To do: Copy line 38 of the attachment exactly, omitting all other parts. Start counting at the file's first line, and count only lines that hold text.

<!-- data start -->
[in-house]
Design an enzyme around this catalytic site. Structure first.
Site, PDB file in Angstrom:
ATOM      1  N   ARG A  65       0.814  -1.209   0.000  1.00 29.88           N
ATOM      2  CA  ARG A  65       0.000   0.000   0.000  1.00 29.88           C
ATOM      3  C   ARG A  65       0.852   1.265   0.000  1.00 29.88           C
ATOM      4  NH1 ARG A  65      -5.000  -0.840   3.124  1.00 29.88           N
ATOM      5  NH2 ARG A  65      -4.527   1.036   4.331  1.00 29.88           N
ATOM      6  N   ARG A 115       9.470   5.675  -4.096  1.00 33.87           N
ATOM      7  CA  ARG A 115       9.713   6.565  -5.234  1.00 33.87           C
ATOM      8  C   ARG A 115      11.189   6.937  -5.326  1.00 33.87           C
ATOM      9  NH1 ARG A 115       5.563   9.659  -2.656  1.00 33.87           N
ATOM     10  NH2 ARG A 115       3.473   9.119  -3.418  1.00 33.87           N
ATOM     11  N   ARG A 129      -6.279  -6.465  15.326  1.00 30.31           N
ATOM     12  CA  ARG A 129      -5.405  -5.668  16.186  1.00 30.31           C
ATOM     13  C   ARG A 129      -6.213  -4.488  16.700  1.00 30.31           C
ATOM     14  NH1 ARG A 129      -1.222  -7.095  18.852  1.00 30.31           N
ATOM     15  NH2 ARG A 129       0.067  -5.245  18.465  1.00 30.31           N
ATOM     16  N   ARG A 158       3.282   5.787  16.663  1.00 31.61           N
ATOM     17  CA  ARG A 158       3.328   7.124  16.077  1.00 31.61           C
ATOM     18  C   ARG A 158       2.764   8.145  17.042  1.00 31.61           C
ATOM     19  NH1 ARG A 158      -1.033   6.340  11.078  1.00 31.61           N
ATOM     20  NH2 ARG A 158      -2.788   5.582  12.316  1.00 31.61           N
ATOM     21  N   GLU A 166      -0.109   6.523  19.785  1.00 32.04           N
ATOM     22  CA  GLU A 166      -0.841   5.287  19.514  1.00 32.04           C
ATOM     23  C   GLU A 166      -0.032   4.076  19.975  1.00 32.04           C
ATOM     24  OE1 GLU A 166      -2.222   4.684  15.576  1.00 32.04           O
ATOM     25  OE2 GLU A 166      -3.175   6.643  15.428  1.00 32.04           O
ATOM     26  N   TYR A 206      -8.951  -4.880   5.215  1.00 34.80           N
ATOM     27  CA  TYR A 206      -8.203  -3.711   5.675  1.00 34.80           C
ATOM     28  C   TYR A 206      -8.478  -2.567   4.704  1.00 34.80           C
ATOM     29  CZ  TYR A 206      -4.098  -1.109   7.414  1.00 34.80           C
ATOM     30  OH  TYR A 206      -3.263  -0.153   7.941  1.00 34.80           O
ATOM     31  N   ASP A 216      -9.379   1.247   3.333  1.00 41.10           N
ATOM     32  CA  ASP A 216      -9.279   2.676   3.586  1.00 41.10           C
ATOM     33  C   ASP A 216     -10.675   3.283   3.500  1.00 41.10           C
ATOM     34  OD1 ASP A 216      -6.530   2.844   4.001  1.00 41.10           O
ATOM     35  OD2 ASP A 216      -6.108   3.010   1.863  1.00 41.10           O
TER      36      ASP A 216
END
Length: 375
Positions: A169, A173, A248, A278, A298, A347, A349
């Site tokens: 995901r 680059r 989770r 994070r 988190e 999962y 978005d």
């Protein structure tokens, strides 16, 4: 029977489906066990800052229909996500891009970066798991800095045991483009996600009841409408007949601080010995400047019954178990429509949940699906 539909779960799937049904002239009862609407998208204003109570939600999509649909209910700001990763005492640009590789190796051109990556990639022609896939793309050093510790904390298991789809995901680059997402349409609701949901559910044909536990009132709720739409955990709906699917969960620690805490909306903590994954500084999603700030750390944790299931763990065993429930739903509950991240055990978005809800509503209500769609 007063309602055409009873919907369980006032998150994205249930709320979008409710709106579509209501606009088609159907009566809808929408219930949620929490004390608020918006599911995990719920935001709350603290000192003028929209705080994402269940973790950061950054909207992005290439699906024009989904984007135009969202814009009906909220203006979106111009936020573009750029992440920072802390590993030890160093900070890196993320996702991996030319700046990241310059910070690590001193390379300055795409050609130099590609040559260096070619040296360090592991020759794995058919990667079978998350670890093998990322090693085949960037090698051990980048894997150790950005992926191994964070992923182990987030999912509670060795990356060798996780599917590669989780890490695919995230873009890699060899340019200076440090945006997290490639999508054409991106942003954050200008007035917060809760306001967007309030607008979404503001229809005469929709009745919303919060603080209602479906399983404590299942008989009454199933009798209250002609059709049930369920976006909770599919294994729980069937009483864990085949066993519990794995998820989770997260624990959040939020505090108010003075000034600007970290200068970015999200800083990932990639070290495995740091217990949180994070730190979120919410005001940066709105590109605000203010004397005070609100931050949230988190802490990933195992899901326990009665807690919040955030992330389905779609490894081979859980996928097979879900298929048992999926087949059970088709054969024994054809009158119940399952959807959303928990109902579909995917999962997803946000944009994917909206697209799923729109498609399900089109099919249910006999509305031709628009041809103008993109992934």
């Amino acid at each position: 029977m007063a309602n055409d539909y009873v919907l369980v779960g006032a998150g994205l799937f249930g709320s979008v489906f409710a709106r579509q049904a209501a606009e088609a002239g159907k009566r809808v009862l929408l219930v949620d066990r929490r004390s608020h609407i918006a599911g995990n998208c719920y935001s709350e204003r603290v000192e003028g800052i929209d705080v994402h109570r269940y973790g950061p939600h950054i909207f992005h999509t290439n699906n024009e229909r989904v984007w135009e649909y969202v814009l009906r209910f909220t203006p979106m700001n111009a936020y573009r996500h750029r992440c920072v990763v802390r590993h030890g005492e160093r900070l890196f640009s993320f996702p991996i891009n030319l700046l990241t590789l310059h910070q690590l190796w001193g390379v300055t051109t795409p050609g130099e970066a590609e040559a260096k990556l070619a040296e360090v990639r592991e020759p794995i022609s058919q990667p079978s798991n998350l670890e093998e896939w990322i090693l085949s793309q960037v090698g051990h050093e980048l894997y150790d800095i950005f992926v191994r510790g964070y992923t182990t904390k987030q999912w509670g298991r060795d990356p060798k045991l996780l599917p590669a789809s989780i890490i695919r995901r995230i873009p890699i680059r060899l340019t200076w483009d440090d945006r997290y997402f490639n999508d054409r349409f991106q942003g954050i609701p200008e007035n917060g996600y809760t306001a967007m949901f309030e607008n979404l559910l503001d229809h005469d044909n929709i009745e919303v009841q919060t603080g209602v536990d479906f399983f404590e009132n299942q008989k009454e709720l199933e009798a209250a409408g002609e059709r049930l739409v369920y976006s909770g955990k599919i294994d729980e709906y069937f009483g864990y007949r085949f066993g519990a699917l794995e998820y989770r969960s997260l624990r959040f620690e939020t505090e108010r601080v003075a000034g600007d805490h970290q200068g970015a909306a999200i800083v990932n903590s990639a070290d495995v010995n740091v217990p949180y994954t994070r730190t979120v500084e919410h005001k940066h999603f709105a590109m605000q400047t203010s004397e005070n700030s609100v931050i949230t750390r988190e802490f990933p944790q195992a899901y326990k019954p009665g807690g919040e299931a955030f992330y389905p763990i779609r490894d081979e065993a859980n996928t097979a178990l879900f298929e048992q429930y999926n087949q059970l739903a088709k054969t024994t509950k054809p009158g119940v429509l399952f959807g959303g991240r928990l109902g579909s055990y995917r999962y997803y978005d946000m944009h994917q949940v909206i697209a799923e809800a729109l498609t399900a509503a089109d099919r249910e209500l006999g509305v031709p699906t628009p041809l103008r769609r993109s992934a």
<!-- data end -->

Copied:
ATOM     35  OD2 ASP A 216      -6.108   3.010   1.863  1.00 41.10           O